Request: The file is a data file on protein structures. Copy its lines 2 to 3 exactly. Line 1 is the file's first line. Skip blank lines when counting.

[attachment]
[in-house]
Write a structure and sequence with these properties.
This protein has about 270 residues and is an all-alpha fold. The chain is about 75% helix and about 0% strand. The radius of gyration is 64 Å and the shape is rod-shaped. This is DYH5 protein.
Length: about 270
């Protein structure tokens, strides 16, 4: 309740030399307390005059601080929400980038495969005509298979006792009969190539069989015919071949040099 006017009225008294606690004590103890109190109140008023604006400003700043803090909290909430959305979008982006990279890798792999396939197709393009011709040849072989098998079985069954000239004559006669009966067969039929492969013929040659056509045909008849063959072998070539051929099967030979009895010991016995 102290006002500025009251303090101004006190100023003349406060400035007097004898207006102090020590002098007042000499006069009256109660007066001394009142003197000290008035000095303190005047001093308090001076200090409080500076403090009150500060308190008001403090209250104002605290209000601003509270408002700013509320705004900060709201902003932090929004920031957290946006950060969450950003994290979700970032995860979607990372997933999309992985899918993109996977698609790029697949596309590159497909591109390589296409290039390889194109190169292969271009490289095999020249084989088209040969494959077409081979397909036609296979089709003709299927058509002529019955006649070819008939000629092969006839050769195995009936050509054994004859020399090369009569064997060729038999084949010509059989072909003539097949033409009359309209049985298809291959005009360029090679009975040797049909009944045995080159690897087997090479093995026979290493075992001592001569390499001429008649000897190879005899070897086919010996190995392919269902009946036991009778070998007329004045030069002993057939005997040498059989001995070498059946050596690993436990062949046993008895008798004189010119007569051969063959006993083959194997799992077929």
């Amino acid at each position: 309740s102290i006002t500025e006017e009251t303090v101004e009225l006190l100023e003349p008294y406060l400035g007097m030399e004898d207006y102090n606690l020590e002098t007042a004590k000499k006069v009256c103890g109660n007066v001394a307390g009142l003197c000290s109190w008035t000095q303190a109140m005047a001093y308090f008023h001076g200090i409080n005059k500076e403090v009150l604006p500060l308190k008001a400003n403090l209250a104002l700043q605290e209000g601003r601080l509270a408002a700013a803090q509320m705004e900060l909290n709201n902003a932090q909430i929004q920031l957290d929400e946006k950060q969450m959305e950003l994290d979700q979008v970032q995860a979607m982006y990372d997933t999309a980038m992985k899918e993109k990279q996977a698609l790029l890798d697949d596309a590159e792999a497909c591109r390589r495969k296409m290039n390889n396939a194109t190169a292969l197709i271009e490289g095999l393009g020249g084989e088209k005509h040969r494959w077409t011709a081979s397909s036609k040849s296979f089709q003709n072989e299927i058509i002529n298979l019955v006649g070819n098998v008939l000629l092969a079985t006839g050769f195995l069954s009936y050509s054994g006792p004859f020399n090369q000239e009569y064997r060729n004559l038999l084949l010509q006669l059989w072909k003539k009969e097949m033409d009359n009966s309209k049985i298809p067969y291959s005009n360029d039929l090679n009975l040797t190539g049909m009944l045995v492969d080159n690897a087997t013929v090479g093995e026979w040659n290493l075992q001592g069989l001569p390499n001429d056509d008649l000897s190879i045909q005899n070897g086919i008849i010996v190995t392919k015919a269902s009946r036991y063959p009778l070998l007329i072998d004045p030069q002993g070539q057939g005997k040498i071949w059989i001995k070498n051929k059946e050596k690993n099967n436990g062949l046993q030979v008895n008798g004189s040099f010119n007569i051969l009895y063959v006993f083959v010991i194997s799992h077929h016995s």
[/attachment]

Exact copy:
Write a structure and sequence with these properties.
This protein has about 270 residues and is an all-alpha fold. The chain is about 75% helix and about 0% strand. The radius of gyration is 64 Å and the shape is rod-shaped. This is DYH5 protein.